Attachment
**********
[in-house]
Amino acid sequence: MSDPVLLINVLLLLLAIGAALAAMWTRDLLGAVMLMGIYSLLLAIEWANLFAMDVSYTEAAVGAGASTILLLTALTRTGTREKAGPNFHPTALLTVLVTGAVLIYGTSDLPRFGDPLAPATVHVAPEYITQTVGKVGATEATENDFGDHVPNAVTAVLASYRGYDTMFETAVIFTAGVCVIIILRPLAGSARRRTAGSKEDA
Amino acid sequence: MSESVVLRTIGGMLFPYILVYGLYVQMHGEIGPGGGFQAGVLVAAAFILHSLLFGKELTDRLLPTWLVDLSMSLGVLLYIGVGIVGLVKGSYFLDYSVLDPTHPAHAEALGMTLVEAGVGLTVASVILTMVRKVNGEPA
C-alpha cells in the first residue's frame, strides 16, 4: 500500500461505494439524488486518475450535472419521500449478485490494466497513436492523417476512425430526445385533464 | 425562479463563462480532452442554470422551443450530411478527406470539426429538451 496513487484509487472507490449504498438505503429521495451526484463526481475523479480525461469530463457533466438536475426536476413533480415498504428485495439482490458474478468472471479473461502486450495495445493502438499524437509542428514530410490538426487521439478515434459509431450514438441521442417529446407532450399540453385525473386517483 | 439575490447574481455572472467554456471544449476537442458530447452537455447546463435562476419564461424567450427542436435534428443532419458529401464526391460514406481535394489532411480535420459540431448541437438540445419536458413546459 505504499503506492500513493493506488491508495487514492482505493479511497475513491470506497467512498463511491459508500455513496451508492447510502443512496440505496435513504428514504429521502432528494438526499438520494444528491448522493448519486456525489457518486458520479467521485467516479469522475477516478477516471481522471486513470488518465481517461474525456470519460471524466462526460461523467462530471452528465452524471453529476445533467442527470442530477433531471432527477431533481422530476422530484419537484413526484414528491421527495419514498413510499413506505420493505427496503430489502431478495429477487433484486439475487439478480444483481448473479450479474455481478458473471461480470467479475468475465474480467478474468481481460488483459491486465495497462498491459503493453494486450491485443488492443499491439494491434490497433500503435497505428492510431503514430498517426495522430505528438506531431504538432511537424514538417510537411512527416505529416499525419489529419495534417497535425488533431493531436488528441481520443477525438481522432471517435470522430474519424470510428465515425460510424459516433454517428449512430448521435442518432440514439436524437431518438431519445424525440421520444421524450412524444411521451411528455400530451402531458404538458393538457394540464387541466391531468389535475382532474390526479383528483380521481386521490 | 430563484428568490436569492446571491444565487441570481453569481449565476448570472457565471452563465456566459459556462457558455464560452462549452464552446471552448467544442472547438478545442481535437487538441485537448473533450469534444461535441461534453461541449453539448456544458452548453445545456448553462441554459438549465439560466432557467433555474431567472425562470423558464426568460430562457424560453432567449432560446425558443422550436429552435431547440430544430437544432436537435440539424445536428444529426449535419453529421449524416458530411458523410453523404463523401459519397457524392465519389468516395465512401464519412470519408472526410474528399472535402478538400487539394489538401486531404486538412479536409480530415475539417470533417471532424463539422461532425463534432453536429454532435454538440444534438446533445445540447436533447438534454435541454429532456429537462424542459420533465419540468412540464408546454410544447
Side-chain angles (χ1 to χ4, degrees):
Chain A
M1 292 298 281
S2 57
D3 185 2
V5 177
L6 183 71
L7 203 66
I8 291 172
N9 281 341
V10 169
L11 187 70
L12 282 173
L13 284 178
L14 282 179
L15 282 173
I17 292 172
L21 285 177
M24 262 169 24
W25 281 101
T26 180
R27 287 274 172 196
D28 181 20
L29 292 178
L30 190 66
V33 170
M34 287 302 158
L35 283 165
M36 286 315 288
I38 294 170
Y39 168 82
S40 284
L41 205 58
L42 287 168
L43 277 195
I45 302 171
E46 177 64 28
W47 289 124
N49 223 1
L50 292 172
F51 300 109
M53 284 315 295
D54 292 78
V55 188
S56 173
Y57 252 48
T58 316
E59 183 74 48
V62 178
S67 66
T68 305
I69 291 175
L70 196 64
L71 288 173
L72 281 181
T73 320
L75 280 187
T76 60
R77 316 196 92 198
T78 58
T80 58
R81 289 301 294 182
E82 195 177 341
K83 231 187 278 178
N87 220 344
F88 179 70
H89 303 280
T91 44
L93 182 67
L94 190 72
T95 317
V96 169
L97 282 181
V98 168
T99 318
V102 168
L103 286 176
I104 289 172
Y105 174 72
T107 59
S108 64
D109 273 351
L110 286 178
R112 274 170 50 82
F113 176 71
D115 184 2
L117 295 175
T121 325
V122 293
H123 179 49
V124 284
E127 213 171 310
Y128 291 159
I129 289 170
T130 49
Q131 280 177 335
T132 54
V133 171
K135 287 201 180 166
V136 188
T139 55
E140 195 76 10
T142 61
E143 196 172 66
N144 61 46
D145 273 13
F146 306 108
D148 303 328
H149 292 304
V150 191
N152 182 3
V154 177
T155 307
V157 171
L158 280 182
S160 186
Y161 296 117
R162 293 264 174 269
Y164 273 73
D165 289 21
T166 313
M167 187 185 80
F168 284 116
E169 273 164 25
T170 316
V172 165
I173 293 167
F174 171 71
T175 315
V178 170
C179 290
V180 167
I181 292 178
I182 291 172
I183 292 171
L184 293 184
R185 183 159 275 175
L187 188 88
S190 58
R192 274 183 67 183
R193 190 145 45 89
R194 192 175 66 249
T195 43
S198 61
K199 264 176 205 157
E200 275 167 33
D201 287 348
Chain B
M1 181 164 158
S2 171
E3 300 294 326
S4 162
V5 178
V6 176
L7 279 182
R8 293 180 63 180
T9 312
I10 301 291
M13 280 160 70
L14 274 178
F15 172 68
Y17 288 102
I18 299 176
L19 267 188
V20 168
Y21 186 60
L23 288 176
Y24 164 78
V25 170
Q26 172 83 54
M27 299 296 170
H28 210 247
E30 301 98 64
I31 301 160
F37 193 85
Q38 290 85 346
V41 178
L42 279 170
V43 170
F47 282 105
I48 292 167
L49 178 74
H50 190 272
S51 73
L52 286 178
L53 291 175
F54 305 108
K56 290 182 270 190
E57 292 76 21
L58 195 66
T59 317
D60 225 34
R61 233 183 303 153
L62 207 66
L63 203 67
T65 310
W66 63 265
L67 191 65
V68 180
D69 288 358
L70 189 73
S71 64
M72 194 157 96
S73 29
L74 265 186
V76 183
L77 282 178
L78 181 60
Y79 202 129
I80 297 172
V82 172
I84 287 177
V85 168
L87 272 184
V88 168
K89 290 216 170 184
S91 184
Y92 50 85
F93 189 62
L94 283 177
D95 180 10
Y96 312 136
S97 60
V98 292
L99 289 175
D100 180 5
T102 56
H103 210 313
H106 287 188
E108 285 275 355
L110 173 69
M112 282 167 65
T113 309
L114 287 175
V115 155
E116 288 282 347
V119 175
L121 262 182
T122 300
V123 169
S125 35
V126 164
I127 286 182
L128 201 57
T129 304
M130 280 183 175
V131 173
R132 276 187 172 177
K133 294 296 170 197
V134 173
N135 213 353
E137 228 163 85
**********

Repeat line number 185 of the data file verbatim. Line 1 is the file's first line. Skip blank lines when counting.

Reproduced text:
I48 292 167